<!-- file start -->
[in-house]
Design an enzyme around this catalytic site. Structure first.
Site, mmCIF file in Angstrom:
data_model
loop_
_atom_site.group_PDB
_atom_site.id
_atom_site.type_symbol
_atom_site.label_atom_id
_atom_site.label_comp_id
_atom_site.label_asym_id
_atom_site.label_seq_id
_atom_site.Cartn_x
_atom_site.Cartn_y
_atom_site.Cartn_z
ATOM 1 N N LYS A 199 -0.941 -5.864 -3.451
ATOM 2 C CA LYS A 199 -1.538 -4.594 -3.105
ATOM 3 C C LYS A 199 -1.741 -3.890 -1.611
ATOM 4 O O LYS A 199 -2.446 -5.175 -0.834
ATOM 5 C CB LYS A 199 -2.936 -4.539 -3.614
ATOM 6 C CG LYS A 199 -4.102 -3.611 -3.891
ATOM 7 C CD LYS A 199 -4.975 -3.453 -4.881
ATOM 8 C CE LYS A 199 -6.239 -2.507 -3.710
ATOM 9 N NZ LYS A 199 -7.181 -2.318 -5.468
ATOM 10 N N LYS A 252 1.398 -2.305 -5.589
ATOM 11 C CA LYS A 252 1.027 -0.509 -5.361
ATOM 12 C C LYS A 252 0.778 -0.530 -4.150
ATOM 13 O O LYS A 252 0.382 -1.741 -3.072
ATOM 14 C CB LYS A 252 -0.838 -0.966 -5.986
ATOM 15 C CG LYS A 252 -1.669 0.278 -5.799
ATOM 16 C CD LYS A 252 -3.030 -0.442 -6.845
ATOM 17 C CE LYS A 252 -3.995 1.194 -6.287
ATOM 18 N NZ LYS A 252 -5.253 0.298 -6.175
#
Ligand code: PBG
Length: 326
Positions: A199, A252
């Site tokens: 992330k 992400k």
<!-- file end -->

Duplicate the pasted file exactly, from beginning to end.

[in-house]
Design an enzyme around this catalytic site. Structure first.
Site, mmCIF file in Angstrom:
data_model
loop_
_atom_site.group_PDB
_atom_site.id
_atom_site.type_symbol
_atom_site.label_atom_id
_atom_site.label_comp_id
_atom_site.label_asym_id
_atom_site.label_seq_id
_atom_site.Cartn_x
_atom_site.Cartn_y
_atom_site.Cartn_z
ATOM 1 N N LYS A 199 -0.941 -5.864 -3.451
ATOM 2 C CA LYS A 199 -1.538 -4.594 -3.105
ATOM 3 C C LYS A 199 -1.741 -3.890 -1.611
ATOM 4 O O LYS A 199 -2.446 -5.175 -0.834
ATOM 5 C CB LYS A 199 -2.936 -4.539 -3.614
ATOM 6 C CG LYS A 199 -4.102 -3.611 -3.891
ATOM 7 C CD LYS A 199 -4.975 -3.453 -4.881
ATOM 8 C CE LYS A 199 -6.239 -2.507 -3.710
ATOM 9 N NZ LYS A 199 -7.181 -2.318 -5.468
ATOM 10 N N LYS A 252 1.398 -2.305 -5.589
ATOM 11 C CA LYS A 252 1.027 -0.509 -5.361
ATOM 12 C C LYS A 252 0.778 -0.530 -4.150
ATOM 13 O O LYS A 252 0.382 -1.741 -3.072
ATOM 14 C CB LYS A 252 -0.838 -0.966 -5.986
ATOM 15 C CG LYS A 252 -1.669 0.278 -5.799
ATOM 16 C CD LYS A 252 -3.030 -0.442 -6.845
ATOM 17 C CE LYS A 252 -3.995 1.194 -6.287
ATOM 18 N NZ LYS A 252 -5.253 0.298 -6.175
#
Ligand code: PBG
Length: 326
Positions: A199, A252
């Site tokens: 992330k 992400k």